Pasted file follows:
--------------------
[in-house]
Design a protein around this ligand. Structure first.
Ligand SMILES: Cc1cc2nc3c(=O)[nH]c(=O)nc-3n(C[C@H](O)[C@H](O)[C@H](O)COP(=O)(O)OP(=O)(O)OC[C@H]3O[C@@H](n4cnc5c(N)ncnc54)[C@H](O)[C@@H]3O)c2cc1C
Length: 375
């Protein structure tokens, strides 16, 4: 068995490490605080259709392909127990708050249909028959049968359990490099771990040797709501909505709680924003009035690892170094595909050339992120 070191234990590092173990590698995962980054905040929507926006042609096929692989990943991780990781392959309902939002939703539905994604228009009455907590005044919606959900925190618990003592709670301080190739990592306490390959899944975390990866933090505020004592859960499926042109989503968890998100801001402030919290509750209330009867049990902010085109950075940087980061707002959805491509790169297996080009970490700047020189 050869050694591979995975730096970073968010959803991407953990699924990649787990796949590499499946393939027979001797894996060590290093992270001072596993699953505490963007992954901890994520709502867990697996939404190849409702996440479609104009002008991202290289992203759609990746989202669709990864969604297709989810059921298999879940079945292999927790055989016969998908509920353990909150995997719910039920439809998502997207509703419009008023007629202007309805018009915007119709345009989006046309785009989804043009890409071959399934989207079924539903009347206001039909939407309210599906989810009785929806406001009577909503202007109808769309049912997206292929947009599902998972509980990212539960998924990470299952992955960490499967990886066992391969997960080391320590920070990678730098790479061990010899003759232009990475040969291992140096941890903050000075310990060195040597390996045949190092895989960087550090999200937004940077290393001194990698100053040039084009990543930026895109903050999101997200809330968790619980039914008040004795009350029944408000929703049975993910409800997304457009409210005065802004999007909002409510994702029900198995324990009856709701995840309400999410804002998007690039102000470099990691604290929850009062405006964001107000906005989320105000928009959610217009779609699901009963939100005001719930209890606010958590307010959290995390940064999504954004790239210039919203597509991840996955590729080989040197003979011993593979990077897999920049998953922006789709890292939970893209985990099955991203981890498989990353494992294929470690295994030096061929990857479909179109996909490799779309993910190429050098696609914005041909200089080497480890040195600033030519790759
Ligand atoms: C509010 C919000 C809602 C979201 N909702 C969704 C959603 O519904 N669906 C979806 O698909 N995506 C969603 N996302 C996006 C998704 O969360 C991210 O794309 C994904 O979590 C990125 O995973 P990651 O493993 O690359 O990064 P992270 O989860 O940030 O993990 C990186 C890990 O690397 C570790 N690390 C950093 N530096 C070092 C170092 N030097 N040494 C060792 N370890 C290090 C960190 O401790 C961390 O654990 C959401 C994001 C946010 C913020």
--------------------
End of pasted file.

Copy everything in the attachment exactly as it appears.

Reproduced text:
[in-house]
Design a protein around this ligand. Structure first.
Ligand SMILES: Cc1cc2nc3c(=O)[nH]c(=O)nc-3n(C[C@H](O)[C@H](O)[C@H](O)COP(=O)(O)OP(=O)(O)OC[C@H]3O[C@@H](n4cnc5c(N)ncnc54)[C@H](O)[C@@H]3O)c2cc1C
Length: 375
């Protein structure tokens, strides 16, 4: 068995490490605080259709392909127990708050249909028959049968359990490099771990040797709501909505709680924003009035690892170094595909050339992120 070191234990590092173990590698995962980054905040929507926006042609096929692989990943991780990781392959309902939002939703539905994604228009009455907590005044919606959900925190618990003592709670301080190739990592306490390959899944975390990866933090505020004592859960499926042109989503968890998100801001402030919290509750209330009867049990902010085109950075940087980061707002959805491509790169297996080009970490700047020189 050869050694591979995975730096970073968010959803991407953990699924990649787990796949590499499946393939027979001797894996060590290093992270001072596993699953505490963007992954901890994520709502867990697996939404190849409702996440479609104009002008991202290289992203759609990746989202669709990864969604297709989810059921298999879940079945292999927790055989016969998908509920353990909150995997719910039920439809998502997207509703419009008023007629202007309805018009915007119709345009989006046309785009989804043009890409071959399934989207079924539903009347206001039909939407309210599906989810009785929806406001009577909503202007109808769309049912997206292929947009599902998972509980990212539960998924990470299952992955960490499967990886066992391969997960080391320590920070990678730098790479061990010899003759232009990475040969291992140096941890903050000075310990060195040597390996045949190092895989960087550090999200937004940077290393001194990698100053040039084009990543930026895109903050999101997200809330968790619980039914008040004795009350029944408000929703049975993910409800997304457009409210005065802004999007909002409510994702029900198995324990009856709701995840309400999410804002998007690039102000470099990691604290929850009062405006964001107000906005989320105000928009959610217009779609699901009963939100005001719930209890606010958590307010959290995390940064999504954004790239210039919203597509991840996955590729080989040197003979011993593979990077897999920049998953922006789709890292939970893209985990099955991203981890498989990353494992294929470690295994030096061929990857479909179109996909490799779309993910190429050098696609914005041909200089080497480890040195600033030519790759
Ligand atoms: C509010 C919000 C809602 C979201 N909702 C969704 C959603 O519904 N669906 C979806 O698909 N995506 C969603 N996302 C996006 C998704 O969360 C991210 O794309 C994904 O979590 C990125 O995973 P990651 O493993 O690359 O990064 P992270 O989860 O940030 O993990 C990186 C890990 O690397 C570790 N690390 C950093 N530096 C070092 C170092 N030097 N040494 C060792 N370890 C290090 C960190 O401790 C961390 O654990 C959401 C994001 C946010 C913020």